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His Back Pages

Doug Phillips turned an attic full of rare volumes into a bookstore with a past.

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"I got my very first collectible book when I was about 13 years old," says Doug Phillips. "After school, practically every day, I would go to this wonderful bookshop called Main Street Bookstore, which stood where the Marriott hotel is now on Michigan Avenue. There was a lady that worked there named Mrs. Vandermark, and she was a very colorful, really nice lady, who was very helpful in getting me involved with books." Captivated by the musical The King and I, Phillips enlisted Mrs. Vandermark to track down Anna Leonowens's memoir, The English Governess at the Siamese Court, on which it was based. He still has the volume, but "it would take wild horses to get me to sell it."

Phillips is loath to part with many of his books; his collection of rare first editions once grew so large the weight buckled the attic floor of his parents' near-north-side home. His transition from collector to dealer began in 1998, when he decided to sell his interest in the family insurance business, Phillips Brothers, to his brother. "Phillips Brothers goes back to 1873," he says, and he'd worked there since college, "so it was kind of a daring thing for me to leave the family nest, so to speak." He had become convinced that downtown Chicago needed a world-class antiquarian bookstore. "Chicago used to be a wonderful rare book town in the 20s, 30s, 40s, and 50s," he says. "But unfortunately, over the years a lot of the booksellers passed away or closed shop. Now, believe it or not, I'm really the only open rare-book shop in the Loop. There are other cities, like New York, San Francisco, and Boston, that are much stronger book towns than Chicago, but Chicago has a very, very rich literary tradition."

Phillips's vision for his store was born out of this wistfulness for an era of distinguished booksellers and cozy but refined bookshops. "There was a very, very famous bookman in the early part of the 1900s, A.E.S. Rosenbach, who had a wonderful bookstore. In his biography, which is just an amazing book to read, there are several pictures of his store, and I sort of loosely based my shop on his in New York. I don't think my shop is as grand as his, but that was sort of my fantasy that I worked off of."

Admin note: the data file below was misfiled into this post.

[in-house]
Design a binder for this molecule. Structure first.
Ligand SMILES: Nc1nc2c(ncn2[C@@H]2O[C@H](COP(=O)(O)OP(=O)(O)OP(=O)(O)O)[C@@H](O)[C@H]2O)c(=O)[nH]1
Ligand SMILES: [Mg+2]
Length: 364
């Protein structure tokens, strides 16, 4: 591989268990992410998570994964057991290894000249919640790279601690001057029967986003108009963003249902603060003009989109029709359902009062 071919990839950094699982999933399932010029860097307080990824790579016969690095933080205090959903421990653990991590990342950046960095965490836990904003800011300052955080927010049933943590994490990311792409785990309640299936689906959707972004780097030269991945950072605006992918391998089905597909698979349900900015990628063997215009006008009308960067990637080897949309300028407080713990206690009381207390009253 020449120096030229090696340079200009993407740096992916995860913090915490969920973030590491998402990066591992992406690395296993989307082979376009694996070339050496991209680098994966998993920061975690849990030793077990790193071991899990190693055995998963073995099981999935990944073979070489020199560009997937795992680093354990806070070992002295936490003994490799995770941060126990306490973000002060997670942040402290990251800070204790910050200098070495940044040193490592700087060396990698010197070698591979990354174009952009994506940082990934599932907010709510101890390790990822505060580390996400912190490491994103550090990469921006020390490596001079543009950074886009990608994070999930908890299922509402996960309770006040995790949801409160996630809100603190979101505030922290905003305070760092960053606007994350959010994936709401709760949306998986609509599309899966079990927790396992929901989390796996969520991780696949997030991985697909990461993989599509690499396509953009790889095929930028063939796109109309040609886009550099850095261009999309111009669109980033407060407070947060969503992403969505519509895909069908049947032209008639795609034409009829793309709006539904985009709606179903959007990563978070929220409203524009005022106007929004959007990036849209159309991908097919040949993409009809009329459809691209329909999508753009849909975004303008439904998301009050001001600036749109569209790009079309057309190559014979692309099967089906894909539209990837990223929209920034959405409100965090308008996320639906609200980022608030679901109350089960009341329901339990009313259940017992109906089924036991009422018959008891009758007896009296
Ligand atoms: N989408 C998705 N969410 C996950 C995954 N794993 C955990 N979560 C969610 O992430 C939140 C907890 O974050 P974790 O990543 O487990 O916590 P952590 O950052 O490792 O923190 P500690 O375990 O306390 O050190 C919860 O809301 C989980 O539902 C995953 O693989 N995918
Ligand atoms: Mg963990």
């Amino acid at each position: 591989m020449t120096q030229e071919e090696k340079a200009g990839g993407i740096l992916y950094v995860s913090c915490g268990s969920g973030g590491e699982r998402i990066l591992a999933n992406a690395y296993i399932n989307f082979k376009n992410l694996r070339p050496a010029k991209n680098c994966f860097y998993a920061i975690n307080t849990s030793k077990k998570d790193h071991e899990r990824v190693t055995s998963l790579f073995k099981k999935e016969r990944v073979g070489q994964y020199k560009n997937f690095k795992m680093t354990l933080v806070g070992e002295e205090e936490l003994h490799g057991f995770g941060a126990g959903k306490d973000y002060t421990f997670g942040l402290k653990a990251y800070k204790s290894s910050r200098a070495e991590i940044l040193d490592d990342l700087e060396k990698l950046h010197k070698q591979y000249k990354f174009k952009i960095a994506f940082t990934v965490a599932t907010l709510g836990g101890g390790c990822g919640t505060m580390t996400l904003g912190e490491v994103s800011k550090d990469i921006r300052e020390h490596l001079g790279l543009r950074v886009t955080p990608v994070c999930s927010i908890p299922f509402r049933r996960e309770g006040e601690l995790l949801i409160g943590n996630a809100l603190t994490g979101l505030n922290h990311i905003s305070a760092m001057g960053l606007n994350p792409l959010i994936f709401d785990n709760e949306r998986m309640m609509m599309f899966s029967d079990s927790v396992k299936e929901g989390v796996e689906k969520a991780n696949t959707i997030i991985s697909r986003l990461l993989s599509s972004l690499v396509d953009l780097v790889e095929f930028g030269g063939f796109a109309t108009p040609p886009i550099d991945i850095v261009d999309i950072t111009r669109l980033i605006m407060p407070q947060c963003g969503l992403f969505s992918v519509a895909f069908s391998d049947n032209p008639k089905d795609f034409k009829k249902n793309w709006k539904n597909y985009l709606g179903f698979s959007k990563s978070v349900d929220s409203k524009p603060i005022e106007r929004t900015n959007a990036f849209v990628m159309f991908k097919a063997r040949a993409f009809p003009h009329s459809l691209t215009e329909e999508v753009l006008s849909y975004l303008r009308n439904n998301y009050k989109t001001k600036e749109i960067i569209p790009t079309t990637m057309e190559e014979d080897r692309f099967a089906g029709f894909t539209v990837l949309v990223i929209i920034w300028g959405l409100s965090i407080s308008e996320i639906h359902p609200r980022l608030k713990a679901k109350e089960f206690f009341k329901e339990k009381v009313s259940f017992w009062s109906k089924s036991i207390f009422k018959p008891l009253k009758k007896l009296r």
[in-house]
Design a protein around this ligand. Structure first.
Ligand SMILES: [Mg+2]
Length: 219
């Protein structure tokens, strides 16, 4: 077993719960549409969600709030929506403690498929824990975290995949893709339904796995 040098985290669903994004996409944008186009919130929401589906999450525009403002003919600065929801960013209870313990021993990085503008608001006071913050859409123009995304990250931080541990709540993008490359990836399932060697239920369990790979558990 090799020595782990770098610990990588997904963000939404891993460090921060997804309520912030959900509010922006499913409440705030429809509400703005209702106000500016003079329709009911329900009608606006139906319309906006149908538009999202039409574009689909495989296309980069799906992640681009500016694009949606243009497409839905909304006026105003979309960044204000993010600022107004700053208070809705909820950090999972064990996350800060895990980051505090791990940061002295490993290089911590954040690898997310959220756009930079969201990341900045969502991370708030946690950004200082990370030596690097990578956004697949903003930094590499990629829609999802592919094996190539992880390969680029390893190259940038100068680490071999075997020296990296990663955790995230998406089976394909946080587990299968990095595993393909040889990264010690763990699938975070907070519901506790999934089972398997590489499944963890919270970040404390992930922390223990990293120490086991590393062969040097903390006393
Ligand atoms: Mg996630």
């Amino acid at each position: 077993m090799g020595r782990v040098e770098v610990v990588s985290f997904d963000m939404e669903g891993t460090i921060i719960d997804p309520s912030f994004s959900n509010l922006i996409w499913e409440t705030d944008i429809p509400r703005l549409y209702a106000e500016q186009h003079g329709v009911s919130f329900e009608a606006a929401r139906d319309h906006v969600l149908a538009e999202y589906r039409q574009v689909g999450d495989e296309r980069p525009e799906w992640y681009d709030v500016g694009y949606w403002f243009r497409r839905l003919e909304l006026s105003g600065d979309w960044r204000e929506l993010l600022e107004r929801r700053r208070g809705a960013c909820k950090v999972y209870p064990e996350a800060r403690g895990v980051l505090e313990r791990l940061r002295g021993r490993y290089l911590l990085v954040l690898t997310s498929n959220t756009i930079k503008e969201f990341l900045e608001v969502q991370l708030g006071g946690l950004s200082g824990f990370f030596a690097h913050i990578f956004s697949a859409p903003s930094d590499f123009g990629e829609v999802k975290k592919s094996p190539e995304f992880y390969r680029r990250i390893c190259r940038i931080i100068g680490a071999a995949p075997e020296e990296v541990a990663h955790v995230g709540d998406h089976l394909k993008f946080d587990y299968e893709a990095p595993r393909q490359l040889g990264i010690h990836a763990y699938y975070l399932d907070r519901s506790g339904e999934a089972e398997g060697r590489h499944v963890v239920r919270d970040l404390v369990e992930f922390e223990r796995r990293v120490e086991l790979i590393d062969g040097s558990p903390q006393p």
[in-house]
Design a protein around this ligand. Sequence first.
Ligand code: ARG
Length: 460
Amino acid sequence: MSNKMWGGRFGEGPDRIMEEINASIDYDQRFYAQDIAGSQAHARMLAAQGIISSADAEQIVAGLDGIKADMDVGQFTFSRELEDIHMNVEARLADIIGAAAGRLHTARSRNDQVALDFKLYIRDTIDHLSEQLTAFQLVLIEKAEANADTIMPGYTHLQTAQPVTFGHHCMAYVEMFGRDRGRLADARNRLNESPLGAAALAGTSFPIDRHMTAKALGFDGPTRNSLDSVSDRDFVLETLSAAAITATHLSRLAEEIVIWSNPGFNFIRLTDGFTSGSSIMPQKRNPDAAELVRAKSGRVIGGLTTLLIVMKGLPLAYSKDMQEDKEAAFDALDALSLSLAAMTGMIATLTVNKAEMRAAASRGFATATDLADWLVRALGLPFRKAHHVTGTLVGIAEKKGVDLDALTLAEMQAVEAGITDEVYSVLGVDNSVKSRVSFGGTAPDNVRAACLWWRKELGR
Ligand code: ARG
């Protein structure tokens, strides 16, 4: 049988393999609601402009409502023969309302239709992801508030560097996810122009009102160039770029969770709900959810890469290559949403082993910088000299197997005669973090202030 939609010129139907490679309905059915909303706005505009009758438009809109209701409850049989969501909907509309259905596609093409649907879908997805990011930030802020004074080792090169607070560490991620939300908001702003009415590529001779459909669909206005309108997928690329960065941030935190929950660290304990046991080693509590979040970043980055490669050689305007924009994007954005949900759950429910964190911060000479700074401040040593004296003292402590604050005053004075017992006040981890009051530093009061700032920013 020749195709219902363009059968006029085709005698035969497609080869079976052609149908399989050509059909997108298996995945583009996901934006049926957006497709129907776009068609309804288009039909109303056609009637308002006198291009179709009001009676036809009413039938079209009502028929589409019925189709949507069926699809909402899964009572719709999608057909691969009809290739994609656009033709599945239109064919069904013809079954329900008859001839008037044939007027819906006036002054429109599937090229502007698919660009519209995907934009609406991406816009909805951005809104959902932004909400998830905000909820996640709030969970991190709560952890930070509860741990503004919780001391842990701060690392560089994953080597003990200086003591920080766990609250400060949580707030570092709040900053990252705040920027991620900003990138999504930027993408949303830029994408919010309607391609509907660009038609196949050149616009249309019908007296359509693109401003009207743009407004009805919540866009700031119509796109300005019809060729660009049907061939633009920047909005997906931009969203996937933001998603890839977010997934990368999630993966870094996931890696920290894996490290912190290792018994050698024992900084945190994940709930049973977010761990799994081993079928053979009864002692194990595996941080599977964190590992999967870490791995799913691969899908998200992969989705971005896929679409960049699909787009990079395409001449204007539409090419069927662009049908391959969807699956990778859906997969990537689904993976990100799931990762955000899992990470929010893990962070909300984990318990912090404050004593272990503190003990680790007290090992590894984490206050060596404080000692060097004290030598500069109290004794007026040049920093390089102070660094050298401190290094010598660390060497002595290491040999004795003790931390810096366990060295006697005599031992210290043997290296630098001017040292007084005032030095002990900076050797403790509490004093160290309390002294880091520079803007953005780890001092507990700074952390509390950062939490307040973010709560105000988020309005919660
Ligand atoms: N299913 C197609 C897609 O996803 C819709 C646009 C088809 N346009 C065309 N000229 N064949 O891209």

After searching for a year and a half, Phillips settled on the site of a dentist's office in the Donahue Building at 715 S. Dearborn, in Printer's Row, where The Wonderful Wizard of Oz was first published 100 years ago. Looking past the dentist chairs and drills, Phillips became enamored with the space's high tin ceilings and the literary karma of the neighborhood. Browsing around the surrounding streets, he poked his head into Prairie Avenue Bookshop at 418 S. Wabash and found someone who could help implement his dream.

Renowned Chicago architect and preservationist Wilbert Hasbrouck and his wife, Marilyn, founded Prairie School Press in 1961, reprinting and selling important works by and about, among others, Louis Sullivan and Frank Lloyd Wright. In 1964 the Hasbroucks established the quarterly journal Prairie School Review, which they published for 14 years and supported in part from the sales of books on the Chicago and Prairie Schools. After acquiring a building on Prairie Avenue, the Hasbroucks decided to open a bookshop on the ground floor, with Marilyn as proprietor. But the store soon outgrew that space, and in 1978--around the time Doug Phillips was embarking on his insurance career--Prairie Avenue Bookshop moved to 711 S. Dearborn, two doors from Phillips's find. After 17 years the Hasbroucks moved again, to their current space on Wabash. Designed in the spirit of the Prairie School masters, the 9,000-square-foot store has original furniture by Wright, Mies van der Rohe, and Le Corbusier and is widely recognized as one of the most beautiful bookstores in the world. Phillips, looking around in awe, knew he had to find the architect. He asked a young man, who proved to be the Hasbroucks' son John, if he happened to know who it was. "Well, it was my dad," he replied.